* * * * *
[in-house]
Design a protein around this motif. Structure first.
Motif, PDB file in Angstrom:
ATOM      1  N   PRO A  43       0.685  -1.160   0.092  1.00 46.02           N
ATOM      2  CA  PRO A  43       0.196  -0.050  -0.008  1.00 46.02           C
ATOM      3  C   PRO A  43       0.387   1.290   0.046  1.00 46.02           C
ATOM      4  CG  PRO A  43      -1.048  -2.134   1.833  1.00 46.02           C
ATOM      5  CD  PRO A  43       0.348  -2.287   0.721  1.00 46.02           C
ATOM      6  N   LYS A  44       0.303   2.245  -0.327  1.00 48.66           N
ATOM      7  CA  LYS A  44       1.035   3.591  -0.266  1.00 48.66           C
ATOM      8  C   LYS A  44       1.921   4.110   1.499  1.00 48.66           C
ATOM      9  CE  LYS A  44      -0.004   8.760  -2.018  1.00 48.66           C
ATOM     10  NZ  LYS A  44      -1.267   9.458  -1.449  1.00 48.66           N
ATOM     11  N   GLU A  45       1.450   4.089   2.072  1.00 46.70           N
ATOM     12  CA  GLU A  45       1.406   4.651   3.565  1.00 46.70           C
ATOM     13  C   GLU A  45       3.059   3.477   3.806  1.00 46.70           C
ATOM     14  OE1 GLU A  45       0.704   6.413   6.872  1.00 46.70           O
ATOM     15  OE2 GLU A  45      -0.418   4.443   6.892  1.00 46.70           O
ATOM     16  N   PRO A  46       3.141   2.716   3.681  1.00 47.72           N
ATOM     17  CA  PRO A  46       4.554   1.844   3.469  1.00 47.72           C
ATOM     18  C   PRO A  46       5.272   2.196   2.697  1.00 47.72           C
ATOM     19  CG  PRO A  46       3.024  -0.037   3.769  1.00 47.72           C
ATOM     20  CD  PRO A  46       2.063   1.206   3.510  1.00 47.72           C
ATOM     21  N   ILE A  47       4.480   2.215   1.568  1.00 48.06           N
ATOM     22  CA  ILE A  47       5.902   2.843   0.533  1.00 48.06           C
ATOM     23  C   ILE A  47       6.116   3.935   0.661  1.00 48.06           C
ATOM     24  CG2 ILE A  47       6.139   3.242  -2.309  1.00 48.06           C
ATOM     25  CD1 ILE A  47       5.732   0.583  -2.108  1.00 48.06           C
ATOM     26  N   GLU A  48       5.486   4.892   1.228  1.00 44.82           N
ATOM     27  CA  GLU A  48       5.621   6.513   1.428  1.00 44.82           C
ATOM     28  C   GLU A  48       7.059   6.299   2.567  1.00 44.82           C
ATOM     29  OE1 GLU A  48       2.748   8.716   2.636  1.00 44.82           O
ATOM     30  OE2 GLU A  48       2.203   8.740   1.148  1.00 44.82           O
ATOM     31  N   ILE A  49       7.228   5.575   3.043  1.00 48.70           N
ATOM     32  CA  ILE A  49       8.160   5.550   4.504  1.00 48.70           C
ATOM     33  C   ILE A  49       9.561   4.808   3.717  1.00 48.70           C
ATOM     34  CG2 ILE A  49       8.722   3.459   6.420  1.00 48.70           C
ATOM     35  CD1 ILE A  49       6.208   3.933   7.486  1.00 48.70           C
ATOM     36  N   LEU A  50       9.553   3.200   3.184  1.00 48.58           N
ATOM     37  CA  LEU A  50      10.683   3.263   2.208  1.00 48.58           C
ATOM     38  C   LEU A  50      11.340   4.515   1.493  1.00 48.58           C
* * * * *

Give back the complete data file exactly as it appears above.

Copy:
[in-house]
Design a protein around this motif. Structure first.
Motif, PDB file in Angstrom:
ATOM      1  N   PRO A  43       0.685  -1.160   0.092  1.00 46.02           N
ATOM      2  CA  PRO A  43       0.196  -0.050  -0.008  1.00 46.02           C
ATOM      3  C   PRO A  43       0.387   1.290   0.046  1.00 46.02           C
ATOM      4  CG  PRO A  43      -1.048  -2.134   1.833  1.00 46.02           C
ATOM      5  CD  PRO A  43       0.348  -2.287   0.721  1.00 46.02           C
ATOM      6  N   LYS A  44       0.303   2.245  -0.327  1.00 48.66           N
ATOM      7  CA  LYS A  44       1.035   3.591  -0.266  1.00 48.66           C
ATOM      8  C   LYS A  44       1.921   4.110   1.499  1.00 48.66           C
ATOM      9  CE  LYS A  44      -0.004   8.760  -2.018  1.00 48.66           C
ATOM     10  NZ  LYS A  44      -1.267   9.458  -1.449  1.00 48.66           N
ATOM     11  N   GLU A  45       1.450   4.089   2.072  1.00 46.70           N
ATOM     12  CA  GLU A  45       1.406   4.651   3.565  1.00 46.70           C
ATOM     13  C   GLU A  45       3.059   3.477   3.806  1.00 46.70           C
ATOM     14  OE1 GLU A  45       0.704   6.413   6.872  1.00 46.70           O
ATOM     15  OE2 GLU A  45      -0.418   4.443   6.892  1.00 46.70           O
ATOM     16  N   PRO A  46       3.141   2.716   3.681  1.00 47.72           N
ATOM     17  CA  PRO A  46       4.554   1.844   3.469  1.00 47.72           C
ATOM     18  C   PRO A  46       5.272   2.196   2.697  1.00 47.72           C
ATOM     19  CG  PRO A  46       3.024  -0.037   3.769  1.00 47.72           C
ATOM     20  CD  PRO A  46       2.063   1.206   3.510  1.00 47.72           C
ATOM     21  N   ILE A  47       4.480   2.215   1.568  1.00 48.06           N
ATOM     22  CA  ILE A  47       5.902   2.843   0.533  1.00 48.06           C
ATOM     23  C   ILE A  47       6.116   3.935   0.661  1.00 48.06           C
ATOM     24  CG2 ILE A  47       6.139   3.242  -2.309  1.00 48.06           C
ATOM     25  CD1 ILE A  47       5.732   0.583  -2.108  1.00 48.06           C
ATOM     26  N   GLU A  48       5.486   4.892   1.228  1.00 44.82           N
ATOM     27  CA  GLU A  48       5.621   6.513   1.428  1.00 44.82           C
ATOM     28  C   GLU A  48       7.059   6.299   2.567  1.00 44.82           C
ATOM     29  OE1 GLU A  48       2.748   8.716   2.636  1.00 44.82           O
ATOM     30  OE2 GLU A  48       2.203   8.740   1.148  1.00 44.82           O
ATOM     31  N   ILE A  49       7.228   5.575   3.043  1.00 48.70           N
ATOM     32  CA  ILE A  49       8.160   5.550   4.504  1.00 48.70           C
ATOM     33  C   ILE A  49       9.561   4.808   3.717  1.00 48.70           C
ATOM     34  CG2 ILE A  49       8.722   3.459   6.420  1.00 48.70           C
ATOM     35  CD1 ILE A  49       6.208   3.933   7.486  1.00 48.70           C
ATOM     36  N   LEU A  50       9.553   3.200   3.184  1.00 48.58           N
ATOM     37  CA  LEU A  50      10.683   3.263   2.208  1.00 48.58           C
ATOM     38  C   LEU A  50      11.340   4.515   1.493  1.00 48.58           C